Why the console is your most critical choice

By Marvin DuBois, Director of Product Marketing, Avtec, Inc.

Solving the challenges of digital radio.

Dispatch ConsoleMuch has changed in the last three years for those choosing the right ingredients for their Command Centers. The environment now includes new mobile radio technology choices, growing regulatory requirements, the need to consolidate dispatching locations and wide-area disaster recovery solutions. All of this contributes to a growing need for system design flexibility supporting multiple radio types, input/output, telephony and specialized computer-aided dispatch systems. System designers need to pay special attention to their choice of console. The architecture of the console is key, and determines certain limitations that could add risk and cost in the future.

Traditionally, it has been major radio communication vendors who provided console systems, using an interface to work within their communication environments. Purchasers of those radios systems had few choices—only the products provided within the vendor’s catalog. Older consoles were based on a Time-Domain-Multiplexing (TDM) switch—a well-proven technology that has been used for decades in telephony systems. While these consoles can accommodate a wide variety of radio technologies and telephony—and even have IP connections “on the edges”—they have significant limitations. The proprietary hardware is typically large, expensive and inflexible for physical deployments. Often it is based on components with looming end-of-life issues, raising the risk of obsolescence and replacement in the near future.

Today, a new openness in the industry allows console systems to support many different radio infrastructures, including open interfaces such as the DMR Association Application Interface Specification (AIS) and the APCO P25 Console Sub-System Interface (CSSI). These new open console interfaces are implemented with a native IP connection that carries both voice and signaling between the console system and the radio infrastructure. Audio is encoded at the subscriber radio and routed all the way to the console without encountering transcoding, thus preserving audio quality. The leading industry trend has been to move toward a pure end-to-end IP architecture for the console system, running on standard commodity IT hardware and operating systems. Although some features of legacy systems are difficult to replicate, leading systems have now overcome these issues and are adding considerable customer value with innovative capabilities unheard of in TDM-based products. Systems offer a variety of dispatcher interfaces, from dedicated mission-critical hardware positions to software-only business critical seats.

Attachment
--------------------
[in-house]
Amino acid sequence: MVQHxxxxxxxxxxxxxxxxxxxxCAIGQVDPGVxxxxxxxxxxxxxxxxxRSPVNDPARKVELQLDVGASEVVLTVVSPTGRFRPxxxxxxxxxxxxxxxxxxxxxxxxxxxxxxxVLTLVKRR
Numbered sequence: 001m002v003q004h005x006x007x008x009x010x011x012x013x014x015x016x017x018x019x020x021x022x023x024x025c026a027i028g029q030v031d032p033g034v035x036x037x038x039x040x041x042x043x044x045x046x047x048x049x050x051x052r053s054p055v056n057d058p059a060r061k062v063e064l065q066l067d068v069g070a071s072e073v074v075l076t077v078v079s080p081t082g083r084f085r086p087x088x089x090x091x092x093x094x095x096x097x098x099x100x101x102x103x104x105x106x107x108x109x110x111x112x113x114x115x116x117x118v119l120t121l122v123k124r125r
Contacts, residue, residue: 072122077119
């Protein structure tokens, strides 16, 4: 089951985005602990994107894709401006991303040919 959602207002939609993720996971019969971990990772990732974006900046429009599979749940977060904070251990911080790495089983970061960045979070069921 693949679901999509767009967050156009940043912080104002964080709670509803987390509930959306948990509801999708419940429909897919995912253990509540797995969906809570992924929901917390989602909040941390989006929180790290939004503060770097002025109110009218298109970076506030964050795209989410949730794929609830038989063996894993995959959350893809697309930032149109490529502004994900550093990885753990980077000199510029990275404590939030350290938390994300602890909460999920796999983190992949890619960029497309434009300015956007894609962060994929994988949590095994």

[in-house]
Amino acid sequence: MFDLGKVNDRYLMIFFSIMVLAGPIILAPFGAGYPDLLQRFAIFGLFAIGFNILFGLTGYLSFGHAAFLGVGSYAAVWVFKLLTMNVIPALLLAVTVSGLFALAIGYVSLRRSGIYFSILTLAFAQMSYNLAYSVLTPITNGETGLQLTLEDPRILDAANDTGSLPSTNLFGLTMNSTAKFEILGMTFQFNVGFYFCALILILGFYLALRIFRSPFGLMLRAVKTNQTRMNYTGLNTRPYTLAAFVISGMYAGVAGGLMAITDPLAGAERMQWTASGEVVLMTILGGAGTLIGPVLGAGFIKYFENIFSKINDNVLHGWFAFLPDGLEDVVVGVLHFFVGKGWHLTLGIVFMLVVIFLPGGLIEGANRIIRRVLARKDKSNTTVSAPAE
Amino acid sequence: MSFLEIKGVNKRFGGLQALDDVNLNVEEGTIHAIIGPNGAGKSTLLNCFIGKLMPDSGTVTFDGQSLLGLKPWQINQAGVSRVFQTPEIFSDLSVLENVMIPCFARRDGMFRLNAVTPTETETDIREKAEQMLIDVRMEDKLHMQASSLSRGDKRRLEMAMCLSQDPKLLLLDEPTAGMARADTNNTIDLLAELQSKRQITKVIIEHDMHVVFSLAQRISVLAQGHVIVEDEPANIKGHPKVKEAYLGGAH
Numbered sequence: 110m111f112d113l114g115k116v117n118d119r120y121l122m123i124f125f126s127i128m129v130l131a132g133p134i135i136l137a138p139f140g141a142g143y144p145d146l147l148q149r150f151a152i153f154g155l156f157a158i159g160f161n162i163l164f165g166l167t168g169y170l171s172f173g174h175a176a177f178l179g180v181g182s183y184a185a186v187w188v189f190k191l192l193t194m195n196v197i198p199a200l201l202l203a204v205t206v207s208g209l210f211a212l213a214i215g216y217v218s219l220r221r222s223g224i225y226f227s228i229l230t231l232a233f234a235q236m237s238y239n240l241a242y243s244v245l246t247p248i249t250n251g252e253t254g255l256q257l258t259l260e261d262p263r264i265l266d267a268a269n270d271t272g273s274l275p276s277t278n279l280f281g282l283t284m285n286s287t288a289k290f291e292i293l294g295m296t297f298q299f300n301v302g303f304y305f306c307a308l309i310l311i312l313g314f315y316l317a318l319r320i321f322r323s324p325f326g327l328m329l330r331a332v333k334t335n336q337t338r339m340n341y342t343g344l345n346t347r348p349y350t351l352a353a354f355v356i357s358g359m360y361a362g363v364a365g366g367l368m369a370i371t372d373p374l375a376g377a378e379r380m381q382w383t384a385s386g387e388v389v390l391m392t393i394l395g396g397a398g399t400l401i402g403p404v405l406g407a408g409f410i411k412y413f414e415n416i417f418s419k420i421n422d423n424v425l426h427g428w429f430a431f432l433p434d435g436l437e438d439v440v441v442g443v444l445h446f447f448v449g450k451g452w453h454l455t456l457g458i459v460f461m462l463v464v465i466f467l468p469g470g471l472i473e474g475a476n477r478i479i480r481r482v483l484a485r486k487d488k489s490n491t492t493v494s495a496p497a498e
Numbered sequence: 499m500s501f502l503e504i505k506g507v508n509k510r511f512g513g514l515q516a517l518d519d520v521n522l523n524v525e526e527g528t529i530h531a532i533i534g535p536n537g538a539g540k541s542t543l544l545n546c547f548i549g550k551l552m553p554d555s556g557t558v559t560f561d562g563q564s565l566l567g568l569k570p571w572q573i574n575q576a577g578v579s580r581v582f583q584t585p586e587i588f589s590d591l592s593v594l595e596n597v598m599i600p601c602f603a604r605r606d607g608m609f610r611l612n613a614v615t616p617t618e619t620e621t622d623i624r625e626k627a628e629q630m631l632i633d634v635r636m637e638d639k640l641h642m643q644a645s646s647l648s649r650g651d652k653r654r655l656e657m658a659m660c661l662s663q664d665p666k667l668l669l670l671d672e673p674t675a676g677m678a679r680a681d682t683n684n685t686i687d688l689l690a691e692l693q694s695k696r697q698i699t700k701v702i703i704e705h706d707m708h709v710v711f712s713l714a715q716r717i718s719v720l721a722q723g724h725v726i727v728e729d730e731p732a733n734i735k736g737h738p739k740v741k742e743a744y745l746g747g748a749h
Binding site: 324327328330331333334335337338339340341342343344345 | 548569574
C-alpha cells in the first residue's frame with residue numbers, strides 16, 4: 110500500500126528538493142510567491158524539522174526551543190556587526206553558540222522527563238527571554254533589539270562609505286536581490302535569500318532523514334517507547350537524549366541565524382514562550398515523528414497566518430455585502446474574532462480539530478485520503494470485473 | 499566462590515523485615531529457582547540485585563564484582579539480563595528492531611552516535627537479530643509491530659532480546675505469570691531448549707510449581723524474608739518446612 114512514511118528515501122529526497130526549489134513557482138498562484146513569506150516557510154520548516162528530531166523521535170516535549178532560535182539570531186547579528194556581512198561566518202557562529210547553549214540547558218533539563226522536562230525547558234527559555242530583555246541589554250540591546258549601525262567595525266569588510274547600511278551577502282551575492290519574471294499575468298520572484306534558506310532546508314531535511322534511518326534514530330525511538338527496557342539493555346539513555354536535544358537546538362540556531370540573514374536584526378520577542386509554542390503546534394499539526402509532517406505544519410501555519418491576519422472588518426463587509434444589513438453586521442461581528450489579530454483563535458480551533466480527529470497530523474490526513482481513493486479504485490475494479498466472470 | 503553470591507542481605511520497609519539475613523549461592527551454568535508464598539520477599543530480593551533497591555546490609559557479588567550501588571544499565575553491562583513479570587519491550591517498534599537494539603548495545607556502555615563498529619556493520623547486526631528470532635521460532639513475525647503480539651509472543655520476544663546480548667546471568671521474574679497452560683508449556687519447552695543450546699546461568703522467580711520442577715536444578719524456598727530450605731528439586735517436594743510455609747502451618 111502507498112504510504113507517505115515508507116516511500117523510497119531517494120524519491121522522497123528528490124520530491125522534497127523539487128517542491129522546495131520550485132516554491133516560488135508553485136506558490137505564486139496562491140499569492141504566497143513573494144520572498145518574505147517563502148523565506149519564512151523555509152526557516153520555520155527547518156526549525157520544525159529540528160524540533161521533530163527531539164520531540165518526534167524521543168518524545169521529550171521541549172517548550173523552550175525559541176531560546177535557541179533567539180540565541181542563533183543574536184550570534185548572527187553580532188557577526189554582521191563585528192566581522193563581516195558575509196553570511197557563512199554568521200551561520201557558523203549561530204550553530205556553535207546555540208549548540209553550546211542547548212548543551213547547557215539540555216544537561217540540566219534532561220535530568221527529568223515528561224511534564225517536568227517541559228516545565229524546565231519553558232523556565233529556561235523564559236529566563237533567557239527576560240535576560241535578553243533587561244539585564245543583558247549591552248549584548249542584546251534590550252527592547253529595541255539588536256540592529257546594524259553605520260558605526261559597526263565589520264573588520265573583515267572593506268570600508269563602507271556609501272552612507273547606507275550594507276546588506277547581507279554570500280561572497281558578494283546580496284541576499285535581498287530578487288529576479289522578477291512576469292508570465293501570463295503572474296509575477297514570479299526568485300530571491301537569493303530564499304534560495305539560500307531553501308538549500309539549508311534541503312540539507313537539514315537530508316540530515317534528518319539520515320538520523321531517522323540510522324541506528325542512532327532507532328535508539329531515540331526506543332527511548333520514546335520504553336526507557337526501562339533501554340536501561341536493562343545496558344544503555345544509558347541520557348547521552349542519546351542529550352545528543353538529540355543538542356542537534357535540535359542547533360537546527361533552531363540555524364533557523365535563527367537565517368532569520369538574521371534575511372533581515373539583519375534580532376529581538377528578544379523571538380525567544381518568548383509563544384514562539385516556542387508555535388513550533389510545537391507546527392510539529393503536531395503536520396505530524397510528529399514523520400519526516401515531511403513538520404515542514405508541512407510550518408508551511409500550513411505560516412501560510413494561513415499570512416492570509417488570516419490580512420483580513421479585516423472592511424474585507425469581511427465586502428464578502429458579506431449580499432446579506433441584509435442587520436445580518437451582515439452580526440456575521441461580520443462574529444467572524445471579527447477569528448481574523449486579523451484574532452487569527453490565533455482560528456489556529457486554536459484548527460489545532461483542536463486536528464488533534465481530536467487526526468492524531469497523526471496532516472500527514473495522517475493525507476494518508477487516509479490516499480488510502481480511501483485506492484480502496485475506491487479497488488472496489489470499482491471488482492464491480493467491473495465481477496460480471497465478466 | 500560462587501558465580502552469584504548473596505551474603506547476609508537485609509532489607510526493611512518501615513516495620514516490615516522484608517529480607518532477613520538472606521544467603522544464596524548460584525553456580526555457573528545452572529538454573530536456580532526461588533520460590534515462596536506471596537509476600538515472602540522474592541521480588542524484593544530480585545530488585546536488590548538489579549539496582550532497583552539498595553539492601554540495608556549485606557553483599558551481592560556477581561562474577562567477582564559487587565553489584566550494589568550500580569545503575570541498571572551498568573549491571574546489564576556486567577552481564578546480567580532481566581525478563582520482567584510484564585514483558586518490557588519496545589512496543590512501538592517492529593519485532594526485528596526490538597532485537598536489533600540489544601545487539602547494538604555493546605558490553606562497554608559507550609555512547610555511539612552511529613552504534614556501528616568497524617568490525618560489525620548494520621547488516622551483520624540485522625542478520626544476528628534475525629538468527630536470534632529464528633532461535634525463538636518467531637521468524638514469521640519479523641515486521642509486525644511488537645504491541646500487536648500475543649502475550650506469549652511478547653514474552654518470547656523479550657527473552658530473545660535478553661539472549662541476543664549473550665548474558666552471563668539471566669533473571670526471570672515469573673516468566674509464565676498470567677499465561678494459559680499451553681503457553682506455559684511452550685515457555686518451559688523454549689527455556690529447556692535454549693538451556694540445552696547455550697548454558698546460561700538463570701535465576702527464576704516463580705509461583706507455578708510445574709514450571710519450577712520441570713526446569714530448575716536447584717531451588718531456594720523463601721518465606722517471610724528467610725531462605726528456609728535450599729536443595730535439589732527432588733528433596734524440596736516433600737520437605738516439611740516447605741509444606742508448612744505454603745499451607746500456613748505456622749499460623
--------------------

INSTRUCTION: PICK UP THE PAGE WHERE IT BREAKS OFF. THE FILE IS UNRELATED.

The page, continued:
Deploying a pure IP console is also a more IT-friendly solution. Benefits can include regular software updates with new capabilities and flexible system design supporting redundancy in distributed environments. Unfortunately, waning technologies often enter a phase where less investment is justified, which has the potential to strand the customer. While it may not be top-of-mind during the Command Center decision process, the scenario to avoid is realizing later that your organization must accommodate a new radio technology that your recently-purchased TDM-based console cannot.

Decision makers can limit their risk by being well informed and making a careful choice of their console by looking “under the hood” to ensure it is based entirely on IP, and not on TDM.

Tait Connection MagazineThis article is taken from Connection Magazine, Edition 3. Connection is a collection of educational and thought-leading articles focusing on critical communications, wireless and radio technology.

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